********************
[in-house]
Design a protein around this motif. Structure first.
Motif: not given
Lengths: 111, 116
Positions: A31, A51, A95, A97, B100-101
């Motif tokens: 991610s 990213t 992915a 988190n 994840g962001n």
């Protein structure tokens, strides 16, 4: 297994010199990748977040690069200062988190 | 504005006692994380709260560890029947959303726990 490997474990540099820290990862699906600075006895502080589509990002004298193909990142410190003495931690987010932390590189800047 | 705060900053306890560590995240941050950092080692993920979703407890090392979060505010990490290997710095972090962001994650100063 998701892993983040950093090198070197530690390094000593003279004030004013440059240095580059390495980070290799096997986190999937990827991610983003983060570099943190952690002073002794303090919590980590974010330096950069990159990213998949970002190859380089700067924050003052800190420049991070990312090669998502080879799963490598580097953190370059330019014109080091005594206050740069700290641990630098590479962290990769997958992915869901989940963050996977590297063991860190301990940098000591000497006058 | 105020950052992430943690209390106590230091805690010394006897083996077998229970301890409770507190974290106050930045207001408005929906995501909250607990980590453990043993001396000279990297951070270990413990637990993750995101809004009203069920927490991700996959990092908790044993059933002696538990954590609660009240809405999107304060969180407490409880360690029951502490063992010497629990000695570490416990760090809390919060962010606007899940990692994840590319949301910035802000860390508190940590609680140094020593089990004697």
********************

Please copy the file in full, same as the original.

[in-house]
Design a protein around this motif. Structure first.
Motif: not given
Lengths: 111, 116
Positions: A31, A51, A95, A97, B100-101
């Motif tokens: 991610s 990213t 992915a 988190n 994840g962001n």
């Protein structure tokens, strides 16, 4: 297994010199990748977040690069200062988190 | 504005006692994380709260560890029947959303726990 490997474990540099820290990862699906600075006895502080589509990002004298193909990142410190003495931690987010932390590189800047 | 705060900053306890560590995240941050950092080692993920979703407890090392979060505010990490290997710095972090962001994650100063 998701892993983040950093090198070197530690390094000593003279004030004013440059240095580059390495980070290799096997986190999937990827991610983003983060570099943190952690002073002794303090919590980590974010330096950069990159990213998949970002190859380089700067924050003052800190420049991070990312090669998502080879799963490598580097953190370059330019014109080091005594206050740069700290641990630098590479962290990769997958992915869901989940963050996977590297063991860190301990940098000591000497006058 | 105020950052992430943690209390106590230091805690010394006897083996077998229970301890409770507190974290106050930045207001408005929906995501909250607990980590453990043993001396000279990297951070270990413990637990993750995101809004009203069920927490991700996959990092908790044993059933002696538990954590609660009240809405999107304060969180407490409880360690029951502490063992010497629990000695570490416990760090809390919060962010606007899940990692994840590319949301910035802000860390508190940590609680140094020593089990004697």